That's fair and reasonable.I think creativity in skating can take more than one form - it can be creativity of movement, of elements (e.g. lifts), of concepts, of presentation, in terms of music chosen and interpreted, and more. Obviously not all fans will value each of these forms of creativity equally - in my case, for instance, I really don't care what sort of pretzel-like position a skater can get herself into during a lift. I am shallow and just want lifts that look pretty.
From my POV, they skated to Enigma, Muse, Linkin Park, and Muse as their last four FDs in a row, and all of them run together for me thematically and choreographically (YMMV of course), so I always found it confounding that they in particular are constantly held up as an example of creativity. Doing that type of FD once or twice, ok, but I felt they found a niche and then plugged away at it year after year, and it could no longer be considered voidy or fresh at that point. But I think you are right that they (and Carron & Jost that season) were the first to use Muse. The alien FD was very reminiscent of G&P's 92 FD. They also had FDs to the Backstreet Boys and Nsync, again strange that someone would choose a boyband theme twice within the space of a few years. I really liked their Matrix. Many other skaters used it in 2004 (Joubert of course, Zaretskis, Zivanonic, Kovalevsky, Ponsero - not all of them used Clubbed to Death IIRC, but Kazakova & Dmitriev had popularized it already)... so yeah, they weren't really copying, it was one of those things where everyone collectively had the same idea. Matrix really isn't my issue though, it's more their last couple of FDs.The Kerrs skated to Muse twice, with different concepts each time. I can't recall anyone skating to Muse in competition before them; correct me if I'm wrong. They skated to Linkin Park, they had that Aliens program, The Last of the Mohicans, and The Matrix when it was still fairly original to skate to it.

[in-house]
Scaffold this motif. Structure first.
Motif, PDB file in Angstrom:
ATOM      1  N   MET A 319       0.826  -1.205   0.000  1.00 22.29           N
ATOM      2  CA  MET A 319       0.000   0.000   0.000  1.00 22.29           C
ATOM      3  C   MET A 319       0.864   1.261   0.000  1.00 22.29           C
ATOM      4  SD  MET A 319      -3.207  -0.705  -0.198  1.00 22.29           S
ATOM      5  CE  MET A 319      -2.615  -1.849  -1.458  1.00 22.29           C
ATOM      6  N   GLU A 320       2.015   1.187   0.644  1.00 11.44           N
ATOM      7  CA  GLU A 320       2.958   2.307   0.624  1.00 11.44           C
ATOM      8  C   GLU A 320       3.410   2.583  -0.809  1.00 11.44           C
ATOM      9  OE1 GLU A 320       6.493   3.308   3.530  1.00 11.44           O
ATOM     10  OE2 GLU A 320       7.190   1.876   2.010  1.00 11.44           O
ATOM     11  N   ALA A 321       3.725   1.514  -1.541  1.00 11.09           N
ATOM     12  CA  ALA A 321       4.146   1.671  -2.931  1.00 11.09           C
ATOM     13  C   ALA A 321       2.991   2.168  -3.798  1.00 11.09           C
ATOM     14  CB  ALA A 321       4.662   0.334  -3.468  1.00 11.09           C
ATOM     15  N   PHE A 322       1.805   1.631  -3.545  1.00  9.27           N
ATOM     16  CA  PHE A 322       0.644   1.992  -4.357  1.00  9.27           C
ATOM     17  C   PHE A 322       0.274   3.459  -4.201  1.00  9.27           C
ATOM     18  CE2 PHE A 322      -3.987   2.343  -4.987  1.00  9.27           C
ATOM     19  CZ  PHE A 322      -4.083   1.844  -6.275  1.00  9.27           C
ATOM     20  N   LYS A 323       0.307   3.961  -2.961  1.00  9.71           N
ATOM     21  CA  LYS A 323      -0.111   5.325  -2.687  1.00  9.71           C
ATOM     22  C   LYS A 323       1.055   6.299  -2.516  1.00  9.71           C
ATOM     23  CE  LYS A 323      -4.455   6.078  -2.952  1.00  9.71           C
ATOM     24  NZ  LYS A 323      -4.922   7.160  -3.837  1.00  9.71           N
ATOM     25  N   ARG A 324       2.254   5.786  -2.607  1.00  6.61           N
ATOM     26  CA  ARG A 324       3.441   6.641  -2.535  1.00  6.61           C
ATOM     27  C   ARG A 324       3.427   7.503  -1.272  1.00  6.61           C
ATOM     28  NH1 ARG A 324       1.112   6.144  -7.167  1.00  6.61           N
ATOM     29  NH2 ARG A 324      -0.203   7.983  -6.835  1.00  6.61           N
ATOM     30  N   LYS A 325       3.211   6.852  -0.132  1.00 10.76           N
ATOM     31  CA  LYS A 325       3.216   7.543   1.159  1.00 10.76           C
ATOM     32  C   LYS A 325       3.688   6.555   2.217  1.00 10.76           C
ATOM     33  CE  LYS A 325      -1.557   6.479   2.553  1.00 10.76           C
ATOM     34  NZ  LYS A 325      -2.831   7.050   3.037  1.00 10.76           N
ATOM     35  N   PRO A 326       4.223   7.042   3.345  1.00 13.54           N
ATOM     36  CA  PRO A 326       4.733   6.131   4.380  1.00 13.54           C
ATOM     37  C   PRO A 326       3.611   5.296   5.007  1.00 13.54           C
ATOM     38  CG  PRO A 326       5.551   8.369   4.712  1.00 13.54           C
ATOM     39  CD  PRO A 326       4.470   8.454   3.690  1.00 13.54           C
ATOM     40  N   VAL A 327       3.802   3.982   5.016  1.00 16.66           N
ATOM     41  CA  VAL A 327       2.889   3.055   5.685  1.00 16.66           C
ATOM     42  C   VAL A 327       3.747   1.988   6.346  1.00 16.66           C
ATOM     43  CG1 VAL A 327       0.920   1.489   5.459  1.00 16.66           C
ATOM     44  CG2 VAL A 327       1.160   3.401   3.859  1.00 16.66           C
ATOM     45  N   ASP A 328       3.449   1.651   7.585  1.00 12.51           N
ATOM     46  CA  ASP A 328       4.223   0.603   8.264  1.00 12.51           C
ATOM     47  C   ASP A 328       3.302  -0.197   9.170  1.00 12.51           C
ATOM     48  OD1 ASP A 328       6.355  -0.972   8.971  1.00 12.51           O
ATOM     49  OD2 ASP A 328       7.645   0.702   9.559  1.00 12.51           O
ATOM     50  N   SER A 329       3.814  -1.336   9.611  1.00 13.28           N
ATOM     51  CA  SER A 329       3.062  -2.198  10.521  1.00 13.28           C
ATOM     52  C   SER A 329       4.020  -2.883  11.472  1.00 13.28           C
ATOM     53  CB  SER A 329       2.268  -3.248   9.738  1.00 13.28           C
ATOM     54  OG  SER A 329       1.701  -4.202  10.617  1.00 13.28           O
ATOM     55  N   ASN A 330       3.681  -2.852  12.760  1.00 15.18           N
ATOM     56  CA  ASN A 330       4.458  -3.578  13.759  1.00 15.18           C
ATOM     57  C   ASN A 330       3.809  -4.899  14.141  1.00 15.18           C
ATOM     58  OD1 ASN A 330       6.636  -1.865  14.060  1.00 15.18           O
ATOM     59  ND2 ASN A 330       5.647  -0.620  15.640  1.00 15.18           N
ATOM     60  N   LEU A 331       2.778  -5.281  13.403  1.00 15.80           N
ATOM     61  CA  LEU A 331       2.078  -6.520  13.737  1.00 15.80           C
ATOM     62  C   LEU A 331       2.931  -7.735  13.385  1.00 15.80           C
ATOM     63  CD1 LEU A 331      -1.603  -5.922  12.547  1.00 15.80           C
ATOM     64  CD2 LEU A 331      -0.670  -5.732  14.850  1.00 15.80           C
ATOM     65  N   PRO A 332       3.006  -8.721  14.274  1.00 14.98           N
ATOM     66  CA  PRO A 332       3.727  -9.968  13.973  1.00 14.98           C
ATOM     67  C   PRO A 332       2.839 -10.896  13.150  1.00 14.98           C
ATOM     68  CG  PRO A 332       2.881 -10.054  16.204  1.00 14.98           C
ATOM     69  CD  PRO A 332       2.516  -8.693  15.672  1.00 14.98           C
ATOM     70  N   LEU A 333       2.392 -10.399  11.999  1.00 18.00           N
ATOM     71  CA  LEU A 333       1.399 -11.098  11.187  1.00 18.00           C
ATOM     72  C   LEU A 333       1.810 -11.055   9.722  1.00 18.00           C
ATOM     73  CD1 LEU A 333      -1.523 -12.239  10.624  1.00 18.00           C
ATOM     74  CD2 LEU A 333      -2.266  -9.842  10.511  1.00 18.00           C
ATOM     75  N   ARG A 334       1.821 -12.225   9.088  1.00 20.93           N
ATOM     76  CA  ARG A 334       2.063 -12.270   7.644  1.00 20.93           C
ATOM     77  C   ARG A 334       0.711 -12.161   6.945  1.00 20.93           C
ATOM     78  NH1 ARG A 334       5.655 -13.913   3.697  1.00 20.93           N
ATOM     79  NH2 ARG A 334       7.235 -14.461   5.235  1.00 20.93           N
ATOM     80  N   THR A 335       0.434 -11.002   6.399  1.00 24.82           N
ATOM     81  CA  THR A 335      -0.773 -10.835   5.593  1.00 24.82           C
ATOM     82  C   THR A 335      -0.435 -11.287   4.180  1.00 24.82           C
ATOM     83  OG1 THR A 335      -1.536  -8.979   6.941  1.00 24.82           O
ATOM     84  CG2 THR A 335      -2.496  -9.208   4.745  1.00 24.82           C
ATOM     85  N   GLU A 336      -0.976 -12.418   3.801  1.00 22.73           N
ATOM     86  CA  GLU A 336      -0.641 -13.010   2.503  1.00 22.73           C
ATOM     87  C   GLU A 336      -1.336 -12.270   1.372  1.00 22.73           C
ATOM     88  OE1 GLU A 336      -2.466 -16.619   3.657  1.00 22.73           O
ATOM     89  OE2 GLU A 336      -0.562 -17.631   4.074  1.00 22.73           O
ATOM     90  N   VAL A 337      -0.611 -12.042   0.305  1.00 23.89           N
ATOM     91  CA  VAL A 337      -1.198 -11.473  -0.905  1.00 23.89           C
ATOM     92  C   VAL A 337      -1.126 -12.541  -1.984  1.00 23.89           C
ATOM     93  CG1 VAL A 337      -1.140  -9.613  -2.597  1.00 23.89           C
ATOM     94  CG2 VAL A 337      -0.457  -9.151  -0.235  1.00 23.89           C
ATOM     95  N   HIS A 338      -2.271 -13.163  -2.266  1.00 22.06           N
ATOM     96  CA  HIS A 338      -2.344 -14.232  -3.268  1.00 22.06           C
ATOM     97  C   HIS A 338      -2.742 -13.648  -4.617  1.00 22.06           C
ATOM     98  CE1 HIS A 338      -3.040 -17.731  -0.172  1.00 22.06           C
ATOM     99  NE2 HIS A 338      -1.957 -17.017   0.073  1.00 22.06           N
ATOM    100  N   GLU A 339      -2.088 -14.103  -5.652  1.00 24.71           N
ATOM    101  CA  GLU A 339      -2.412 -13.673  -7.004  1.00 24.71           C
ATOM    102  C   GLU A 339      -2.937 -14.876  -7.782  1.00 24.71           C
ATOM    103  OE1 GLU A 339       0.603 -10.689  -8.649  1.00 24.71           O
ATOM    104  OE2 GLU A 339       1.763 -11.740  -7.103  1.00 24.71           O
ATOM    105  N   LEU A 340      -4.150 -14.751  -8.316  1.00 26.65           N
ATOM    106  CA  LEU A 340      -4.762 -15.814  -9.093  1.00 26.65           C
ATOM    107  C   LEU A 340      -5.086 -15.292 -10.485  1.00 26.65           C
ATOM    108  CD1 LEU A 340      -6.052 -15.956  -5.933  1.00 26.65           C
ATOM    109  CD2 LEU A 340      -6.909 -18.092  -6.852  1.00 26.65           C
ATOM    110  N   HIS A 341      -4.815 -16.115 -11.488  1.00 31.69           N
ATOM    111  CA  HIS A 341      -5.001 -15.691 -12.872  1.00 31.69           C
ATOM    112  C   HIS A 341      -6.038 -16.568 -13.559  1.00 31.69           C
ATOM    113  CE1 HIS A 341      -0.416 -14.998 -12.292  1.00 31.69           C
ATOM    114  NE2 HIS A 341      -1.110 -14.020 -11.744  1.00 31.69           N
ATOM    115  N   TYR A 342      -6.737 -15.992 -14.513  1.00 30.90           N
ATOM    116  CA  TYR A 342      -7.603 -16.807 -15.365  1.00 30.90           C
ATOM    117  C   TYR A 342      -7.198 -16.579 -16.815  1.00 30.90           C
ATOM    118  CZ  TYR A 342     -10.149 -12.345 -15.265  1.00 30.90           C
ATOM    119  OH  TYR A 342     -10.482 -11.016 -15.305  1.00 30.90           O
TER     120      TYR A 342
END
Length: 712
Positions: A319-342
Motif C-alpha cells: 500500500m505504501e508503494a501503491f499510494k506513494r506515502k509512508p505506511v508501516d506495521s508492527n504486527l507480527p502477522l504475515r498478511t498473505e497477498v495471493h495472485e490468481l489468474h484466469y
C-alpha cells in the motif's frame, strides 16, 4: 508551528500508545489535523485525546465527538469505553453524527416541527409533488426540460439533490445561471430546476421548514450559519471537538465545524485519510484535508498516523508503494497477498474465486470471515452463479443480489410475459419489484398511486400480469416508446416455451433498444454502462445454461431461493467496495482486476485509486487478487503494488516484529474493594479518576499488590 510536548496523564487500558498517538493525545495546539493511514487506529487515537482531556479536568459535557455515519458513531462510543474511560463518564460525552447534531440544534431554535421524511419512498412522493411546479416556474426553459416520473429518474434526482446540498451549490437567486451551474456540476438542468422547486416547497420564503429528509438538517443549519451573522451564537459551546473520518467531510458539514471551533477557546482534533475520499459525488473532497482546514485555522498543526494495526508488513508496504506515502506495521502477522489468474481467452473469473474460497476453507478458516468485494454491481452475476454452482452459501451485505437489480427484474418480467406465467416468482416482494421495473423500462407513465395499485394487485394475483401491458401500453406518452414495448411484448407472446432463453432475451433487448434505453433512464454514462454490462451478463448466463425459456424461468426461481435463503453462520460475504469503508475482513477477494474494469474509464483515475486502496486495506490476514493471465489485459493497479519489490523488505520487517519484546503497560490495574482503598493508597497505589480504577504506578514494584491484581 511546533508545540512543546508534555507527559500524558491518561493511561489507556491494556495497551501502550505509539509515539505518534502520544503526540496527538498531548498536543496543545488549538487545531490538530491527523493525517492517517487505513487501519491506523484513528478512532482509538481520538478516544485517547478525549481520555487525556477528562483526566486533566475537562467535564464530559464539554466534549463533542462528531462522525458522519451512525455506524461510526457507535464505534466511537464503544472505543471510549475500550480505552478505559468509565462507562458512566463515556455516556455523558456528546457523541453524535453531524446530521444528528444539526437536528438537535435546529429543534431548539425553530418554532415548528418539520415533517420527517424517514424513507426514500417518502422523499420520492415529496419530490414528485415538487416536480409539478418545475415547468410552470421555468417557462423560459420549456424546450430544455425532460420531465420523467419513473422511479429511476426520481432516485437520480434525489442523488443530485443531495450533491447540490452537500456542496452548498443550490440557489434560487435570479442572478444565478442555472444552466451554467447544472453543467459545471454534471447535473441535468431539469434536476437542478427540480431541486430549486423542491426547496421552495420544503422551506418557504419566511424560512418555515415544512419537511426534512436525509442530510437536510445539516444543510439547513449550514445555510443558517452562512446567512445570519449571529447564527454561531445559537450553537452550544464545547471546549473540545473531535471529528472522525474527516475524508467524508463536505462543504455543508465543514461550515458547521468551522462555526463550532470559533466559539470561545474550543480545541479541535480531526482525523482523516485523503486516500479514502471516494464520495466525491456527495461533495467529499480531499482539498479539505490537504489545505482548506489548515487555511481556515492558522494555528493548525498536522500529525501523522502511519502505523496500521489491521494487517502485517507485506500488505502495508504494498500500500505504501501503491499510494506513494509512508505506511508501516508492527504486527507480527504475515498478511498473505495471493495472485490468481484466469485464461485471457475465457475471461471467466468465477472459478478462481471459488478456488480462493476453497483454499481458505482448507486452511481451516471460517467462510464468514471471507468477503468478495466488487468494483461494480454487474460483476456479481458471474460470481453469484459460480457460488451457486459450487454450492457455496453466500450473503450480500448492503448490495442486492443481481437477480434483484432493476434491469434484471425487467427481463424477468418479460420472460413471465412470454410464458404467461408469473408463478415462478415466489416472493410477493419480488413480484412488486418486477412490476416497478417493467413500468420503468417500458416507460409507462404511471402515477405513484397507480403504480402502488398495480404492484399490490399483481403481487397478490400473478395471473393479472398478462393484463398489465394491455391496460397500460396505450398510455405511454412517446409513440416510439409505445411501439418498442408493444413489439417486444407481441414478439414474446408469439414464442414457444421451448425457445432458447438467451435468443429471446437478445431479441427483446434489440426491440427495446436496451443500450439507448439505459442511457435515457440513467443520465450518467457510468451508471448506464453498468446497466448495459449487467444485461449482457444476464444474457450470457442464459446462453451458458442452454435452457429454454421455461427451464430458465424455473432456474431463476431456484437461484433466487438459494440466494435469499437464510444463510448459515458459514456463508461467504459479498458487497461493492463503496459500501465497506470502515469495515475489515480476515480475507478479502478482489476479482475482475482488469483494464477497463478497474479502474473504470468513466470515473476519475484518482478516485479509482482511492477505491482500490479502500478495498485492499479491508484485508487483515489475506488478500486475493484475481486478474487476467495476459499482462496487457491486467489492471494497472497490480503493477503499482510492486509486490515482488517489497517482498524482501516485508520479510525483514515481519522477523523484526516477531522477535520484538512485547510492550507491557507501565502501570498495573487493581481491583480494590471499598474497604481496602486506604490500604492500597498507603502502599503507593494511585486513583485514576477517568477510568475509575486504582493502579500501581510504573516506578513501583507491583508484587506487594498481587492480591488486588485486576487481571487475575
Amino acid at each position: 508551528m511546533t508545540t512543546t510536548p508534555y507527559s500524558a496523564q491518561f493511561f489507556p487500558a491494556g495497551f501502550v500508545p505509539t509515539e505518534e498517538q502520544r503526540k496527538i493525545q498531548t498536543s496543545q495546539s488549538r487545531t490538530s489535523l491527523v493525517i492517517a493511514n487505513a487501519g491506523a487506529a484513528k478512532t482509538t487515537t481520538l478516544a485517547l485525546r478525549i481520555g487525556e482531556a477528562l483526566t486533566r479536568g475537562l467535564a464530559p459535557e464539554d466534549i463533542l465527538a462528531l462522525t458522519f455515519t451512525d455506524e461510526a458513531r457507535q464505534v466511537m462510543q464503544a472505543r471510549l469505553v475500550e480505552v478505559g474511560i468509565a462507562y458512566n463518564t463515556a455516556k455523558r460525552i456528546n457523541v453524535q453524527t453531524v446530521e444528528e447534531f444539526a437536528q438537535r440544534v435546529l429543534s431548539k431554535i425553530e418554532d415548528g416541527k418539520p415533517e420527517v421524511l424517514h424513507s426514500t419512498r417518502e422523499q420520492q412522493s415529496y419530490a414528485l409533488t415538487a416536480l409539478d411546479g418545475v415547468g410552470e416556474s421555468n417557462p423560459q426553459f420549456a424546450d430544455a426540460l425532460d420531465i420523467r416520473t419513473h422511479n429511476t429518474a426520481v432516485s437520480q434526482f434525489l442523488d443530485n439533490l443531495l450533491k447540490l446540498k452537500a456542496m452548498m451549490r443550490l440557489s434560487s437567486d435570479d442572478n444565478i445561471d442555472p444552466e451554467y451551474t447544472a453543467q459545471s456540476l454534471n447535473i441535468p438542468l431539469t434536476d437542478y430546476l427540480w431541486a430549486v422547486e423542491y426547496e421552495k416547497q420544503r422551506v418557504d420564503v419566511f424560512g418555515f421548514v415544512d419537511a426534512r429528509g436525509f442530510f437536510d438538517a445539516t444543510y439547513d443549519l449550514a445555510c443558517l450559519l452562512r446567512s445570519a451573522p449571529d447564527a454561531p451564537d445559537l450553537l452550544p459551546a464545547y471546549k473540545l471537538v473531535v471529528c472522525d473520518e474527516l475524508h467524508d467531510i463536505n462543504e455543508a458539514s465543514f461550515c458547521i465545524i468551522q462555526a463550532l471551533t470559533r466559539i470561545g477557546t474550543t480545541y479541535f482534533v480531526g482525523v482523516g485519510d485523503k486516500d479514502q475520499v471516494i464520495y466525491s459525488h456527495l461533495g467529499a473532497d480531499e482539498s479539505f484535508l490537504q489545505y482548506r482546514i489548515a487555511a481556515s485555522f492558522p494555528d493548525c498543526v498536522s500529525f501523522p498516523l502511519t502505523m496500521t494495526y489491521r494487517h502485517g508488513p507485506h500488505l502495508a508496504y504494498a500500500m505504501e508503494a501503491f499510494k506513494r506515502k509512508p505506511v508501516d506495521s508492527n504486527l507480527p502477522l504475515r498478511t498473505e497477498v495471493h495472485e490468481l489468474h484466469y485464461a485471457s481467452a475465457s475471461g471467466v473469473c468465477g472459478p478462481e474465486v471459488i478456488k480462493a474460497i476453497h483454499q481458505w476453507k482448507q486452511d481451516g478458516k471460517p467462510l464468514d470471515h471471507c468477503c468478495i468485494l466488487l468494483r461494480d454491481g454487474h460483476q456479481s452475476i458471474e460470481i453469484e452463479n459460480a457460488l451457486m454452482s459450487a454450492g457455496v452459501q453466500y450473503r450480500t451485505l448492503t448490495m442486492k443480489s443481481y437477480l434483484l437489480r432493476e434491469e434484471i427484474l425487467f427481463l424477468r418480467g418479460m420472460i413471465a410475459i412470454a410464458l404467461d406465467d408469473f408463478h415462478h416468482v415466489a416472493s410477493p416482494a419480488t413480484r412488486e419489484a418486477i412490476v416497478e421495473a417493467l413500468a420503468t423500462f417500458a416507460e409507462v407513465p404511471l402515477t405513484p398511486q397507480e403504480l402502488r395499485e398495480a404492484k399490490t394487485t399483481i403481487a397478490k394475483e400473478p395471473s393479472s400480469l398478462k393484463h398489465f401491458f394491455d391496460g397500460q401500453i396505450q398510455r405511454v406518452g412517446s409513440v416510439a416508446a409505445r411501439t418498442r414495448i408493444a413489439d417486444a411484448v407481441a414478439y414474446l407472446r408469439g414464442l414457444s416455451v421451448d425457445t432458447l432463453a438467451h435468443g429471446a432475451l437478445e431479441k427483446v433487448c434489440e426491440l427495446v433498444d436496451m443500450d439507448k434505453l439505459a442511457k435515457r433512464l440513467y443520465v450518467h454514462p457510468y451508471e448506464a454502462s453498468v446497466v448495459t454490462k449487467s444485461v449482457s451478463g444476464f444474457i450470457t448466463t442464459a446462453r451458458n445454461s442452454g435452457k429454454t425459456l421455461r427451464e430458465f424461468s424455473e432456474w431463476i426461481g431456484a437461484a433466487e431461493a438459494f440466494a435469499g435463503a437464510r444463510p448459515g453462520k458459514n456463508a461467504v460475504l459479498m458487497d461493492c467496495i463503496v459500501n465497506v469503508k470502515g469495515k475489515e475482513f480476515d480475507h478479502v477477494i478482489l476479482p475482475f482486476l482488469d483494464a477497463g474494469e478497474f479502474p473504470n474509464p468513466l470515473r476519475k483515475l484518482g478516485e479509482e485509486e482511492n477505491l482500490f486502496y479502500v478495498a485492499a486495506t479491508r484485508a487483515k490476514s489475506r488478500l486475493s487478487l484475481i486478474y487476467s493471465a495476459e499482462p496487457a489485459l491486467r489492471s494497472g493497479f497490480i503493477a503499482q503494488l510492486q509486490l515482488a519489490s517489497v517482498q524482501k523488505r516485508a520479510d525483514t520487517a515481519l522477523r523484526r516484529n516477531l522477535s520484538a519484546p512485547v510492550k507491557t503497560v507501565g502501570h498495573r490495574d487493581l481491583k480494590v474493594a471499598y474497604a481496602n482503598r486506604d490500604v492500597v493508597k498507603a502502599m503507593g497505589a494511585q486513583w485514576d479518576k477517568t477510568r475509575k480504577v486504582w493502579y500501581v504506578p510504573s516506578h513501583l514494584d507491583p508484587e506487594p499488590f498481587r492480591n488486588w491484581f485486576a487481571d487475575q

ITA with your other post about S&S' Pina - both a fantastic LP in and of itself, and then a standout in a collection of very diverse performances (Bollywood, Cirque, Adagio, Out of Africa, Pink Panther, Russian folk, etc), each one of which reflected the style very well. I've often said they put most ice dancers to shame.
I'd actually go as far as to say that classical ballet is the only strictly defined form of dance and the only form of dance from which you can expect to know what to expect when taking class whether you go take class in Germany, France, the US or anywhere else in the world.
gkelly, thanks for the link.
Last edited by ballettmaus; 06-20-2013 at 02:19 AM.
Naaah. They won't come back. I sure think Gwendal has other things to do
And you would think that someone who hates the CoP would never want to come back and compete under a system that killed ice dancing.You'd think, though, if Gailhauguet approached them before Turin and decided they weren't ready that he'd have asked them for Vancouver in time for them to be ready, or at least as soon as he knew Delobel was pregnant, which was sooner before Vancouver than Sochi is now.
I think Marina was also pregnant before Vancouver...
I don't see an issue with calling something that's rarely been done or, especially in this case, done nearly as well in Ice Dance or skating in general, "original," because the context is original for Ice Dance. I would call Delobel/Schoenfelder's 2006 Mambo SD original, even though the street dance on which it's based has been around for a long while. There's almost no original movement in skating aside from the use of inner and outer edges and that was probably pre-dated by using the edges in skiing; the ability to glide for longer duration and in long arcs and circles is an extension of what dancers have done on solid surfaces for a long time or were aided by mechanical means.
The piece is seventy-five minutes long...[l]ong enough for an idea to be developed, but not so long that one starts to measure the number of seats to the exits with desperation if the thing doesn’t work" -- Marina Harss
Even after the choreographer has died, it is very traditional in ballet for a dancer he taught to teach the next generation of dancers how the choreographer wanted a piece performed. I remember a TV special once showing Baryshnikov teaching anther dancer a Balanchine piece, and he would correct the guy on how to move an arm or the tilt of his head with "Mr. B said..."I don't get what the angst is over re-using material. One of the strengths of the dance world is that except for improv, almost any piece can be performed by different companies, different casts, even different genders, and half the fun is comparing them. (They get paid royalties when pieces are revived, and they can even send someone who is also paid to teach the works without showing up at all.)
I have often thought it sad that skating choreo it treated like a throw-away commodity. Reusing someone else's old program wouldn't really work competitively, but I think it would be really interesting to select some iconic programs and have the choreographer or skaters work with some of today's skaters to recreate it for an exhibition or TV special.
It's all gone quiet
Hope Anissina is training hard